Typically, a real estate agent will guide you along the homebuying journey. Once a seller accepts your offer on a home, a real estate agent can put you in touch with the best home inspectors in your area. Then, you, your real estate agent and your home inspector can work together to perform a successful home evaluation.

A real estate agent will provide plenty of assistance after a home inspection too. And if you are uncertain about how to proceed with a house after an inspection, a real estate agent can offer recommendations to help you make an informed decision.

Want to take the guesswork out of a home inspection? Use the aforementioned tips, and you can prepare for an upcoming home inspection.





Posted by Classic Properties REALTORS ® on 7/12/2020

If a seller approves your offer to purchase his or her house, conducting a home inspection likely will be the next step of the property buying cycle. Although you may have the option to forgo a house inspection, you should not avoid this evaluation. Because if you forgo a home inspection, you may wind up purchasing a house that fails to meet your expectations.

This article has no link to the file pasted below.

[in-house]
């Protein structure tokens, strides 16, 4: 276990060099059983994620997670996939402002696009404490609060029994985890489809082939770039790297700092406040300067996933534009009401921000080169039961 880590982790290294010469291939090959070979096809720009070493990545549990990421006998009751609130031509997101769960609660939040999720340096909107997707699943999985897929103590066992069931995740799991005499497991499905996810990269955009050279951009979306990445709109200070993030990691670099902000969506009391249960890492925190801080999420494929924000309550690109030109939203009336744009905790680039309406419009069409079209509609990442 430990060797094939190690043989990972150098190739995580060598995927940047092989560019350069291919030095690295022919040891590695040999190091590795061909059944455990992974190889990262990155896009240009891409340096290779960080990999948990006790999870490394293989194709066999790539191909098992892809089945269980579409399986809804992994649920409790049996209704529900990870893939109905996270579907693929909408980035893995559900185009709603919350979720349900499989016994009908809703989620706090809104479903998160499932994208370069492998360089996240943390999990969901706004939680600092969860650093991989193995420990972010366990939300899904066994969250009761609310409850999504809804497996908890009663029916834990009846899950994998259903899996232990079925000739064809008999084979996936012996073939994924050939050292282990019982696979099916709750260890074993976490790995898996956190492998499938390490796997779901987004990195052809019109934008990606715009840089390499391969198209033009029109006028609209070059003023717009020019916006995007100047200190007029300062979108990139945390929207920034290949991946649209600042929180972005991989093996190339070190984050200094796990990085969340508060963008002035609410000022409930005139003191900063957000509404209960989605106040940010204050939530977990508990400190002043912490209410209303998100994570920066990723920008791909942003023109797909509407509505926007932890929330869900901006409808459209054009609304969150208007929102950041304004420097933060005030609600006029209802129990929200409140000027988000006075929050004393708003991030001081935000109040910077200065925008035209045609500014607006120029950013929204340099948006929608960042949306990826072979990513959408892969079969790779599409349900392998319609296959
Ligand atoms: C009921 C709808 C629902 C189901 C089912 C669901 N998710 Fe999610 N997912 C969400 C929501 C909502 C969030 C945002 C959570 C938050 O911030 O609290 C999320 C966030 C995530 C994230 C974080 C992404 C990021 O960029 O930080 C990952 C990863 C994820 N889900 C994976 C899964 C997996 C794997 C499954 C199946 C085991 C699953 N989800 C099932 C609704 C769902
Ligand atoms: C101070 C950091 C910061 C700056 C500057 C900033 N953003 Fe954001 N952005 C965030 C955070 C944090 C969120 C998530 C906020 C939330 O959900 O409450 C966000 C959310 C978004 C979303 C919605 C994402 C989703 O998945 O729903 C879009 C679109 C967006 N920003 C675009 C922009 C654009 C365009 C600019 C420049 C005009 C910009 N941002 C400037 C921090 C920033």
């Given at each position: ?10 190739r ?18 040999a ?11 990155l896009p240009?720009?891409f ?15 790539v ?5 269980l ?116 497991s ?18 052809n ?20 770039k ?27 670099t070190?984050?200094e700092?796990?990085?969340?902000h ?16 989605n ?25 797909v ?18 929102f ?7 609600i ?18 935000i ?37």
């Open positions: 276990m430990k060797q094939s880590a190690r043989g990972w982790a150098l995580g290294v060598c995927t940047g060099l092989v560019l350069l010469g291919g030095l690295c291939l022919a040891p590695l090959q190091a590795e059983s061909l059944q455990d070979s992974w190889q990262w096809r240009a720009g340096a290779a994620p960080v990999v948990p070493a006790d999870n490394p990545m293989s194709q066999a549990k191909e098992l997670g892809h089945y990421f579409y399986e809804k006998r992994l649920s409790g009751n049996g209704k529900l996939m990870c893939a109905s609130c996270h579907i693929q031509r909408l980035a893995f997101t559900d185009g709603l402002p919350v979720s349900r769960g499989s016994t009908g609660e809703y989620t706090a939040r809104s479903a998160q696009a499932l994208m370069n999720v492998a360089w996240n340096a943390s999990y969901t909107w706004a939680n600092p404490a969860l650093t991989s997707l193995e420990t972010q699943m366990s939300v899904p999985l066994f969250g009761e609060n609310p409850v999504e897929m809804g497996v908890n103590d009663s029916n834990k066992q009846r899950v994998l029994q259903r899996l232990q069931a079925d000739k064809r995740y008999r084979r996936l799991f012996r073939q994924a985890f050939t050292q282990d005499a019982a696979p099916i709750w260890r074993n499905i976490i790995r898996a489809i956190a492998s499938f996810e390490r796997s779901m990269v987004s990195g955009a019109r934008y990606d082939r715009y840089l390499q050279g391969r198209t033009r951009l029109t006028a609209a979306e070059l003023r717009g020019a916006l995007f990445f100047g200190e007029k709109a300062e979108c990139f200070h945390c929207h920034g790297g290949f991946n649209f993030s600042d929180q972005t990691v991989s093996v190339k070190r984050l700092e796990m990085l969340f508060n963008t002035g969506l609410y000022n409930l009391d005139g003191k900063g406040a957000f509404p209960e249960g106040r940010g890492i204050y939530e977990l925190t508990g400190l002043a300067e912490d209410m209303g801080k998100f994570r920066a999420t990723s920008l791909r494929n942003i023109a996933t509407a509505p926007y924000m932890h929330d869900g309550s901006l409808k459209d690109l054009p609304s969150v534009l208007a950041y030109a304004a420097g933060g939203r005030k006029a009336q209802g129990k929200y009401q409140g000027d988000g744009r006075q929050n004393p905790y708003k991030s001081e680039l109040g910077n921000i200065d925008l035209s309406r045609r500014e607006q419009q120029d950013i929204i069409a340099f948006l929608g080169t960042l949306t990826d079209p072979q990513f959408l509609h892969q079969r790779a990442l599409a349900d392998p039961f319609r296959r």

Ultimately, there are many reasons to perform a house inspection before you finalize a home purchase, and these reasons include:

1. You can gain deep insights into a house's condition.

A home showing enables you to get an up-close look at a residence so you can determine if a residence is right for you. Meanwhile, an inspection goes one step beyond a showing, as it allows you to work with a property expert to analyze all aspects of a house.

During a home inspection, a property expert will walk through a house and analyze the residence's underlying condition. Then, this property expert will provide an inspection report that details his or her findings.

It is important to assess an inspection report closely. That way, you can learn about a home's condition and decide whether to continue with a house purchase.

2. You can review potential property repairs.

If you want to identify potential house repairs, a home inspection is key. If you conduct a home inspection, you can find out about possible property repairs, review the costs associated with them and plan accordingly.